The Harvard based psychology professor, Steven Pinker, in his life-changing book entitled The Better Angels of our Nature makes a powerful argument for the fact that, contrary to popular belief, humankind has become less violent over the millennia and decades. This is consistent with our concern in the 21st century for the rights of babies and children. Over time there has been a dramatic change in the way children are treated, both by their parents and by society. This is what Prof Pinker (with some poetic license that extends to ‘olden-day’ fairy tales) has to say about how attitudes towards child-raising has shifted:
The historical increase in the valuation of children has entered its decadent phase. Now that children are safe from being smothered on the day they are born, starved in foundling homes, poisoned by wet nurses, beaten to death by fathers, cooked in pies by step-mothers, worked to death in mines and mills, felled by infectious diseases, and beaten up by bullies, experts have racked their brains for ways to eke infinitesimal increments of safety from a curve of diminishing or even reversing returns. Children are not allowed to be outside in the middle of the day (skin cancer), to play in the grass (deer ticks), to buy lemonade from a stand (bacteria from a lemon peel), or to lick cake batter off spoons (salmonella from uncooked eggs). Lawyer-vetted playgrounds have had their turf padded with rubber, their slides and monkey bars lowered to waist height, and their seesaws removed altogether (so that the kid at the bottom can’t jump off and watch the kid at the top come hurtling to the ground – the most fun part of playing on a seesaw.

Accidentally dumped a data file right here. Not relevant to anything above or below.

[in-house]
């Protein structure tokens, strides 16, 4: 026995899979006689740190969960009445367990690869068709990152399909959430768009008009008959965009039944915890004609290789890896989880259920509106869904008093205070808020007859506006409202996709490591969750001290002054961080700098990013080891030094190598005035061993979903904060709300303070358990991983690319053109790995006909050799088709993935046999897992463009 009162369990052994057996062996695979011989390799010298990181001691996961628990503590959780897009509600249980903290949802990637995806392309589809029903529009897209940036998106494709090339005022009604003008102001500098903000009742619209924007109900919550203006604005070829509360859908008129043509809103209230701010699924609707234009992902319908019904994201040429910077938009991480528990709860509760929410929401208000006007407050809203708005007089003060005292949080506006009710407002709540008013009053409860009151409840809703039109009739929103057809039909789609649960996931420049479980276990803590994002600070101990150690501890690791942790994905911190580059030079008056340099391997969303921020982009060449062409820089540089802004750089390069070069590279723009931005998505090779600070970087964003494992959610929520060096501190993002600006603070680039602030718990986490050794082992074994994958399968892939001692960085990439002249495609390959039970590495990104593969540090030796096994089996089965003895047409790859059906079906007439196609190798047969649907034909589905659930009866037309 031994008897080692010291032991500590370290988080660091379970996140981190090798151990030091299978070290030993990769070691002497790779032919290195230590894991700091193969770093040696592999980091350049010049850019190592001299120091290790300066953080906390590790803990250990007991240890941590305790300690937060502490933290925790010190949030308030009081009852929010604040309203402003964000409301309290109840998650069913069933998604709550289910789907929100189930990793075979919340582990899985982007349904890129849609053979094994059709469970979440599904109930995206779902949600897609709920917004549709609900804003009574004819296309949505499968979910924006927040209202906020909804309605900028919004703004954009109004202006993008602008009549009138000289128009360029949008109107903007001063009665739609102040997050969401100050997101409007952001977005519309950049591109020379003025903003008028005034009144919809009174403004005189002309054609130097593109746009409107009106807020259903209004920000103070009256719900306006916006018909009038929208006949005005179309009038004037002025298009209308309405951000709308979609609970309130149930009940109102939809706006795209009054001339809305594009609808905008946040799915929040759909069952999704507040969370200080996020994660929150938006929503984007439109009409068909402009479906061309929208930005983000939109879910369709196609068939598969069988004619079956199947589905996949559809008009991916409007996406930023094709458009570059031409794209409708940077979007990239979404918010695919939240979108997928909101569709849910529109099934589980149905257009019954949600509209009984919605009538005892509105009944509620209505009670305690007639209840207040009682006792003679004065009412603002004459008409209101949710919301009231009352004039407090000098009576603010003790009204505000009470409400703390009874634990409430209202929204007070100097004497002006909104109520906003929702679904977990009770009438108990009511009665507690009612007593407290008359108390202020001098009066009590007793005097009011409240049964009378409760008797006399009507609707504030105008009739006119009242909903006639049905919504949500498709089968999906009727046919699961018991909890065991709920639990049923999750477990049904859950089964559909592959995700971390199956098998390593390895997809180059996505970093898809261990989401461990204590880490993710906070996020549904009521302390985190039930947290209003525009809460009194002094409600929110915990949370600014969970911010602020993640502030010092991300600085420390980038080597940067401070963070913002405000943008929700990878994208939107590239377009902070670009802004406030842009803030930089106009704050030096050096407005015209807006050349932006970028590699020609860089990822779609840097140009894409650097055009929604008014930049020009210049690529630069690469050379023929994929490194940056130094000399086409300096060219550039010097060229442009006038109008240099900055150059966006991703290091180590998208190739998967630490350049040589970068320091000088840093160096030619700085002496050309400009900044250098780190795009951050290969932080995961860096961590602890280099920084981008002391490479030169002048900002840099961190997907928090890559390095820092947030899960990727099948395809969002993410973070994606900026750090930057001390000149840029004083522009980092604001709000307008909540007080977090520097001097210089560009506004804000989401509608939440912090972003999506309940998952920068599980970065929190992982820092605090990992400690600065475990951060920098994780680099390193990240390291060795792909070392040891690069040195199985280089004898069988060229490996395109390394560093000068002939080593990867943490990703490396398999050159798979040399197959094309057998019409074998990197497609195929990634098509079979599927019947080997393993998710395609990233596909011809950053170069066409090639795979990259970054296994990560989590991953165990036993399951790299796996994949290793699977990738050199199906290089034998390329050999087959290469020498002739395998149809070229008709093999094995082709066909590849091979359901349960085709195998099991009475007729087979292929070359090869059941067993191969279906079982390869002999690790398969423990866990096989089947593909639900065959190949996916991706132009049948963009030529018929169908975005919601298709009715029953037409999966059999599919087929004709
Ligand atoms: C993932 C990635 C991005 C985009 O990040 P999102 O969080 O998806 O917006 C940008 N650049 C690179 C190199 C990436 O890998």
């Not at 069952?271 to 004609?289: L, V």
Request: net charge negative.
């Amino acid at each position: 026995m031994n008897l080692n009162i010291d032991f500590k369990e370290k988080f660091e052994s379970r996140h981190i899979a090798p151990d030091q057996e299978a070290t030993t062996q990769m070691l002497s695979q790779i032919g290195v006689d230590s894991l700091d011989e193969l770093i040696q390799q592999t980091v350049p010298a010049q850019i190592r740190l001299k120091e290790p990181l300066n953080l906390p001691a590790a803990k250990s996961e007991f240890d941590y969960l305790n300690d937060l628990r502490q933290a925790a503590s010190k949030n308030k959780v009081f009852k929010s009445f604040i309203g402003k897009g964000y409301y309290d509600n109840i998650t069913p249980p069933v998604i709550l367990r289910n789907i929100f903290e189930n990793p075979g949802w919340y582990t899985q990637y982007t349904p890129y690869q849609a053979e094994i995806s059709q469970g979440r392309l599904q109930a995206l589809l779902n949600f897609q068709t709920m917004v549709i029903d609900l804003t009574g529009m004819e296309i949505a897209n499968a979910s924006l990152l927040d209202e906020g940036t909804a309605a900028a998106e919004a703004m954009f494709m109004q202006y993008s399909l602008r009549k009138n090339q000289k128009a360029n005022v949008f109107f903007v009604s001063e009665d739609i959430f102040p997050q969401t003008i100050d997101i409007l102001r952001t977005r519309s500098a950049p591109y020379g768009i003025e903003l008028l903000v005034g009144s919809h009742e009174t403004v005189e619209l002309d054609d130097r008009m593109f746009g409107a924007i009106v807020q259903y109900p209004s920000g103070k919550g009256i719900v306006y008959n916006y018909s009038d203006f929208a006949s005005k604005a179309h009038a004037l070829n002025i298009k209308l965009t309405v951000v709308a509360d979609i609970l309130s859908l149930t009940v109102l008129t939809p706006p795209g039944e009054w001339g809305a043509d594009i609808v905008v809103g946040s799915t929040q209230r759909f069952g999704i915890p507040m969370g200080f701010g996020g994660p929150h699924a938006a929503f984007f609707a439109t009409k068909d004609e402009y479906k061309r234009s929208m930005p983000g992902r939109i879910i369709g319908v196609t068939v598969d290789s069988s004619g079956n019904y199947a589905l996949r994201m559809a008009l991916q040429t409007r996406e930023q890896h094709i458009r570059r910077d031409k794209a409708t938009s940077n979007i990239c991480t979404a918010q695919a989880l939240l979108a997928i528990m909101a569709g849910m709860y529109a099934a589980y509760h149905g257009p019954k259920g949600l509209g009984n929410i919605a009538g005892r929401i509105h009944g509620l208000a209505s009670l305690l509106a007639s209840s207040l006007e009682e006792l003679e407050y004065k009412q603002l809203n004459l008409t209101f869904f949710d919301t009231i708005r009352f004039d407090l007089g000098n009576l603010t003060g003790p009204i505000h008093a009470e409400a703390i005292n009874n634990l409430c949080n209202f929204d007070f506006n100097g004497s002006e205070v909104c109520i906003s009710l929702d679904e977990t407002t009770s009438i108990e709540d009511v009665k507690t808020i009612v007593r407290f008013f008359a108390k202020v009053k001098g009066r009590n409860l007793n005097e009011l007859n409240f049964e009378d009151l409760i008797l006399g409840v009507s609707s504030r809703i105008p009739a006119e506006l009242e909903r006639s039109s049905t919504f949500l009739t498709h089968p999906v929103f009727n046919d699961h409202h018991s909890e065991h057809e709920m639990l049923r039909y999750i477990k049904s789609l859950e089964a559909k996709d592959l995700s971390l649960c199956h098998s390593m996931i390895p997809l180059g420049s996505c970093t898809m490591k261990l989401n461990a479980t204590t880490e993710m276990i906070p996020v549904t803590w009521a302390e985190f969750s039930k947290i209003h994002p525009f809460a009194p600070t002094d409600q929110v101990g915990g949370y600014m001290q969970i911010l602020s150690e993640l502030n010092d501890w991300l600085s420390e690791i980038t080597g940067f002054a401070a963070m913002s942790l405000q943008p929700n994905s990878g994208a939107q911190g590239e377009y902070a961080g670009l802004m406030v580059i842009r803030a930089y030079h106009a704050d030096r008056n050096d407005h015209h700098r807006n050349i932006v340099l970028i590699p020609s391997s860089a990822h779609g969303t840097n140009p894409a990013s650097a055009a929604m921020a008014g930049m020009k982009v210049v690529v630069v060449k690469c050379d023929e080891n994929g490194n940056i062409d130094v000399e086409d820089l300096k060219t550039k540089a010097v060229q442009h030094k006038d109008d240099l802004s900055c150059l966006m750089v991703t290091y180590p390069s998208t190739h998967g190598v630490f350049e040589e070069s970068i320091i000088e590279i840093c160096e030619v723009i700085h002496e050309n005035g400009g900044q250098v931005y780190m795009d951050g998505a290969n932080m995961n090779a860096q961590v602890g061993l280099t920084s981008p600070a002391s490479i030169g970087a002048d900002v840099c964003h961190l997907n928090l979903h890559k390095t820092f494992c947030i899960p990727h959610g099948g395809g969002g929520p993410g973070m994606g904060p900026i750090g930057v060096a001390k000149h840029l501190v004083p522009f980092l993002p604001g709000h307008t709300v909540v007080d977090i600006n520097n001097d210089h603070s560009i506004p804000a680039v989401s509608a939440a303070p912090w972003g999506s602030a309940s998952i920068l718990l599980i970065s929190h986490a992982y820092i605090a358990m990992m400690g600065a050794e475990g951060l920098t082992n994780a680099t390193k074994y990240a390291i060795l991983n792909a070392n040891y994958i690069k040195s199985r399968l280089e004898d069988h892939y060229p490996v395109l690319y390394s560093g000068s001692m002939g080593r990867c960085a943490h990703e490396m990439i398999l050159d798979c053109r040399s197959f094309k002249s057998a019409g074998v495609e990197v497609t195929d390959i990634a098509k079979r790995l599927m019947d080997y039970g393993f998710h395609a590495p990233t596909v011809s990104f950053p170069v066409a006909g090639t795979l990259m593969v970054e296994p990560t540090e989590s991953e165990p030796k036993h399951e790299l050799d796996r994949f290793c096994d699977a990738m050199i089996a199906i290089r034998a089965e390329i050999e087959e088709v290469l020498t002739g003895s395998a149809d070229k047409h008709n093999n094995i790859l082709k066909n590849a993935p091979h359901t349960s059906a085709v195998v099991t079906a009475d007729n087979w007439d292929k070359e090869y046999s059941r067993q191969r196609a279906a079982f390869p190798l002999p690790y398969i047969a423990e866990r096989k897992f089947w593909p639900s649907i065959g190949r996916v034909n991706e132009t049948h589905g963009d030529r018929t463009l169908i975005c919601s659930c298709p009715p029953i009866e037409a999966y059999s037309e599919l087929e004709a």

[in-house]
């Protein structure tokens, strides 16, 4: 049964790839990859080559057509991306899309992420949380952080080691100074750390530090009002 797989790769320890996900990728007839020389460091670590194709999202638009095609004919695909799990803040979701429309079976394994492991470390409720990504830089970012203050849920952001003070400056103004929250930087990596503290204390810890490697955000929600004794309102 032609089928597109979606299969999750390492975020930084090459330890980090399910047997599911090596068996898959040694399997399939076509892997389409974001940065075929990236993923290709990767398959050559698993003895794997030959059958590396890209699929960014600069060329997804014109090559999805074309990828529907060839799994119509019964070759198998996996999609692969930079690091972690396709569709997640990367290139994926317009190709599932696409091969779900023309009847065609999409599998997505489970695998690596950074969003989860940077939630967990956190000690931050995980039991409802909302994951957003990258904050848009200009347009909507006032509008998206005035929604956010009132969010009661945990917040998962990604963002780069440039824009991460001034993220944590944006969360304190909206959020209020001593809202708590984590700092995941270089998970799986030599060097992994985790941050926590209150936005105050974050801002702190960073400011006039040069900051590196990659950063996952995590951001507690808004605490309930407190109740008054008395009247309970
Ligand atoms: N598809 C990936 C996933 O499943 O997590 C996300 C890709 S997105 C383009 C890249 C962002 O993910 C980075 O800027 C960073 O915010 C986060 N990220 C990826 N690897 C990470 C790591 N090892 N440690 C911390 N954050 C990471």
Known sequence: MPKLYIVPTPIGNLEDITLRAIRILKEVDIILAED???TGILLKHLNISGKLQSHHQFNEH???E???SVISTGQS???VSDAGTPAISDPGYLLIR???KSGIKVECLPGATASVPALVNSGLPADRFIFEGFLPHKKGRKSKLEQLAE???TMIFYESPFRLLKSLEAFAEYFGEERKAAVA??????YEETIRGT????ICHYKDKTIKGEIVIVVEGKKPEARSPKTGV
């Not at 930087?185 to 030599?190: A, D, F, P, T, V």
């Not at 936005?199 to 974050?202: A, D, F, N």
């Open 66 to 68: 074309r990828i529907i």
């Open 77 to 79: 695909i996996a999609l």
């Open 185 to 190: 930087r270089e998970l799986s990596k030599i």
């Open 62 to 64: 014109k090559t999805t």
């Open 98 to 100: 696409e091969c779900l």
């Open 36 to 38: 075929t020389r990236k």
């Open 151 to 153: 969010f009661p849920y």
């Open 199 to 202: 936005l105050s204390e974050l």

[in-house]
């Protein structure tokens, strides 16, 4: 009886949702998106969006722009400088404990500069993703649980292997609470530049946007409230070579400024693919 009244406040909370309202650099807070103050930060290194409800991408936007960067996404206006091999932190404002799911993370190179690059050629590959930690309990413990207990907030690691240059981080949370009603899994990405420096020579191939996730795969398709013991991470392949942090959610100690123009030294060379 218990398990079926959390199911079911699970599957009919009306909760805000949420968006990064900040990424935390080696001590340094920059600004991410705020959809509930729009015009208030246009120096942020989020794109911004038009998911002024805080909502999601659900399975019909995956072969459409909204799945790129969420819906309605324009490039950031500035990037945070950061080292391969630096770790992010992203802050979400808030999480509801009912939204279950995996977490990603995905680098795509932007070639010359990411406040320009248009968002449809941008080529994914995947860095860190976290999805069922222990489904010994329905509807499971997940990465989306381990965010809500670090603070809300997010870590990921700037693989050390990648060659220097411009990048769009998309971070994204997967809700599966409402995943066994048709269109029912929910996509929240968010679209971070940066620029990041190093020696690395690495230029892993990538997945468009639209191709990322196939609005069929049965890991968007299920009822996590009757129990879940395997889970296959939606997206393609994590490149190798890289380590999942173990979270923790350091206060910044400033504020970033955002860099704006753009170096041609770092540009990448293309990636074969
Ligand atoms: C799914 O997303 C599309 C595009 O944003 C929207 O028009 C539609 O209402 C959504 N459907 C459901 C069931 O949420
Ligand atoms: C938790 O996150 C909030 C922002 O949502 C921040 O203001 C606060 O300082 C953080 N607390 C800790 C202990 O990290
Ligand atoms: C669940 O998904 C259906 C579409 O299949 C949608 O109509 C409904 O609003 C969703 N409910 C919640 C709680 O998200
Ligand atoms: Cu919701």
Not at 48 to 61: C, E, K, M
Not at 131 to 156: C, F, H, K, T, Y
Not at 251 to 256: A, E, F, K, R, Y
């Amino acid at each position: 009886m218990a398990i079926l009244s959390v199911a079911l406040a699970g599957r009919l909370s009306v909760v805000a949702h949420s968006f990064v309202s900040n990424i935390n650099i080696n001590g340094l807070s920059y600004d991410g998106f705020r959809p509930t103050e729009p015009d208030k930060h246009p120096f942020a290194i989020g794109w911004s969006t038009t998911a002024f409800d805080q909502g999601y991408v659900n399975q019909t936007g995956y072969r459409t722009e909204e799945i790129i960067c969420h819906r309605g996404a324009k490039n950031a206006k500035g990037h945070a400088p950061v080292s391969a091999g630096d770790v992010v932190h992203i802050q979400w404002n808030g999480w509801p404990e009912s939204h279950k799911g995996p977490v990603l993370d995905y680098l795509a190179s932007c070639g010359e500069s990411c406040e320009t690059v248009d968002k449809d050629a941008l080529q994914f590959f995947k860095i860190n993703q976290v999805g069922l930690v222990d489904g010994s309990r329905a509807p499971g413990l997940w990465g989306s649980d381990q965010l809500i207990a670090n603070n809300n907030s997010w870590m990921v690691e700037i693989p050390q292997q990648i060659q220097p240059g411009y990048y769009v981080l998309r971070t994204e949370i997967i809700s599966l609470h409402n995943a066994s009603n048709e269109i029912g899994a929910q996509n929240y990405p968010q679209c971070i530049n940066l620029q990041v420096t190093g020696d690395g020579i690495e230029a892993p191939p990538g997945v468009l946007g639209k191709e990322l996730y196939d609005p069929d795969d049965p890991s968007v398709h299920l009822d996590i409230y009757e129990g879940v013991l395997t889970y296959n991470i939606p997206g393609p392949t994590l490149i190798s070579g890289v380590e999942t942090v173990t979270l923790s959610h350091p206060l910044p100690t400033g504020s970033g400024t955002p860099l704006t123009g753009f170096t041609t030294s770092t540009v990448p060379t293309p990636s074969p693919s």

Of course tragedies still happen to children and they are still traumatised, victimised and abused. This is more so in some societies than in others. But Prof Pinker provides convincing evidence that this is much less so than what is used to be and that in some ways we have gone to the other extreme in our attempts to protect children from harm. This introduces a new set of problems, although undoubtably less dire than when children were being abused in a generally accepted way. As a society nowadays, he says, we are outraged and horrified when children are hurt or treated with cruelty. In decades gone by, maltreatment of children was the norm. Now it is so abhorrent to most of us that there are laws in some countries forbidding adults – including parents – to smack or hurt children.
So perhaps it’s worth remembering that our kids are better off in many ways than in the past. We’re providing a relatively safer and kinder world for them nowadays. Where we fail there is often a strong movement towards coming to their rescue or in trying the repair the damage done.